The opinion of the court was delivered by: PINE
These are actions for the recovery of internal revenue taxes alleged to have been erroneously or illegally collected. The cases were consolidated for trial. Plaintiffs in each case are husband and wife.
Webster R. Frye became a member of the District of Columbia Fire Department in 1919. In 1929 he was retired from active duty pursuant to an Act of Congress approved September 1, 1916, as amended, creating a 'policemen and firemen's relief fund' and for other purposes.
He was found to be 'so permanently disabled through injury received * * * in the line of duty as to incapacitate him for the performance of duty.' Since then he has received from this fund the maximum permitted under the Act, namely, 50% of his salary. Prior to retirement there was deducted from his salary and paid into this fund the amount required by the Act, namely, 3 1/2% of the salary. In the year 1944 he received $ 1,200 from this fund. He and his wife filed a joint income tax return for the year 1944, and included in the taxable income reported this sum of $ 1,200
Herman L. Lay became a member of the Metropolitan Police Force of the District of Columbia in 1929. In 1935 he was retired from active duty pursuant to this Act of Congress. The facts in his case are otherwise identical with those in the case of Frye, except that he received $ 1,225 from the 'fund' in question and the tax year involved is 1945.
The question presented is whether monies received from this 'fund' are exempt from income tax under Section 22(b) (5) of the Internal Revenue Code, 26 U.S.C.A.Int.Rev.Code, § 22(b)(5). This section, so far as material, reads as follows:
'(a) General definition. 'Gross income' includes gains, profits, and income derived from salaries, wages, or compensation for personal service * * * of whatever kind and in whatever form paid * * * or gains or profits and income derived from any source whatever. * * *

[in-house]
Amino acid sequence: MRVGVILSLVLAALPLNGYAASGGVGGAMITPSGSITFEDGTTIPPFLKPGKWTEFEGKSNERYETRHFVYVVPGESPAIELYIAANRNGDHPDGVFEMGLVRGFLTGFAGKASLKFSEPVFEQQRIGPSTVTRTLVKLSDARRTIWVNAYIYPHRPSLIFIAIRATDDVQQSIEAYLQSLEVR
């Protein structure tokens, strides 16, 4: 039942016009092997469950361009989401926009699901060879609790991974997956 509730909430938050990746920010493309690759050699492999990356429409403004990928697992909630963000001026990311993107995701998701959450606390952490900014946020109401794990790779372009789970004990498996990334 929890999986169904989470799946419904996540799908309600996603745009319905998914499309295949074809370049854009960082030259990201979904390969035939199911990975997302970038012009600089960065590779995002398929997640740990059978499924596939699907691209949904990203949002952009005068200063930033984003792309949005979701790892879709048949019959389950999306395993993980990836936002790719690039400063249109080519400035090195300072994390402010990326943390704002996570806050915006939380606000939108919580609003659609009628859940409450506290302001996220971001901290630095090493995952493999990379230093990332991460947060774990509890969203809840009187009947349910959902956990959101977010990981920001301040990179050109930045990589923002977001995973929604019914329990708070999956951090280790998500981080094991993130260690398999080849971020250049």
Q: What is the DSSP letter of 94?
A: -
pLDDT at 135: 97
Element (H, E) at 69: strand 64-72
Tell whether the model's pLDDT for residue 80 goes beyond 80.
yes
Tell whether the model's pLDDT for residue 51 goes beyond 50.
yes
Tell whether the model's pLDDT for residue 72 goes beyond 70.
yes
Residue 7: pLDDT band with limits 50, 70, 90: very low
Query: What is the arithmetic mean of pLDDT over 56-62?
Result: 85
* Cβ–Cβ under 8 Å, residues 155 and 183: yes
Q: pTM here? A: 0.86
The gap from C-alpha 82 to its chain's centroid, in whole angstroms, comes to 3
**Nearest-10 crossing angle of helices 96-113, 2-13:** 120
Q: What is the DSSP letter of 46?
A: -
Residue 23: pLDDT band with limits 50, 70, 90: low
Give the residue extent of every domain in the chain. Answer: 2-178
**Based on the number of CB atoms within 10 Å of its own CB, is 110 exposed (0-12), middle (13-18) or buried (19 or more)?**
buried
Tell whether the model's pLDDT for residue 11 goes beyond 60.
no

'(b) Exclusions from gross income. The following items shall not be included in gross income and shall be exempt from taxation under this chapter:
'(5) Compensation for injuries or sickness. * * * amounts received through accident or health insurance or under workmen's compensation acts, as compensation for personal injuries or sickness * * *.'
Specifically, the question is whether the monies received by plaintiffs from this 'fund' come within the tax-exempt item of 'amounts received through accident or health insurance or under workmen's compensation acts, as compensation for personal injuries.' This involves a consideration of the Act creating the fund, supra.
That Act, as amended, provides among other things as follows:
The nucleus of the fund is the Police Relief Fund and the Firemen's Relief Fund under prior statutes. Sec. 4-501, D.C. Code 1940. It is to be augmented by fines imposed upon policemen and firemen by way of discipline, rewards, gifts, and emoluments received by them for extraordinary services, except such part as the Commissioners of the District of Columbia allow to be retained, a deduction of 3 1/2% of the monthly salary of each policeman and fireman, donations, net proceeds of sales of unclaimed property in the custody of the Police Department, and by direction of the Commissioners, monies out of the general revenue of the District necessary to meet deficiencies in the fund. Sec. 4-503. The deductions above mentioned are to be refunded to policemen and firemen upon separation from the services except by retirement. Sec. 4-504.
The Commissioners are empowered to determine and fix the amount of the 'pension relief allowance.' Sec. 4-505.
Medical and hospital expenses for temporary disability of a policeman or fireman through injury received or disease contracted in the actual discharge of duty are to be paid from this fund in cases where services other than those which can be rendered by ...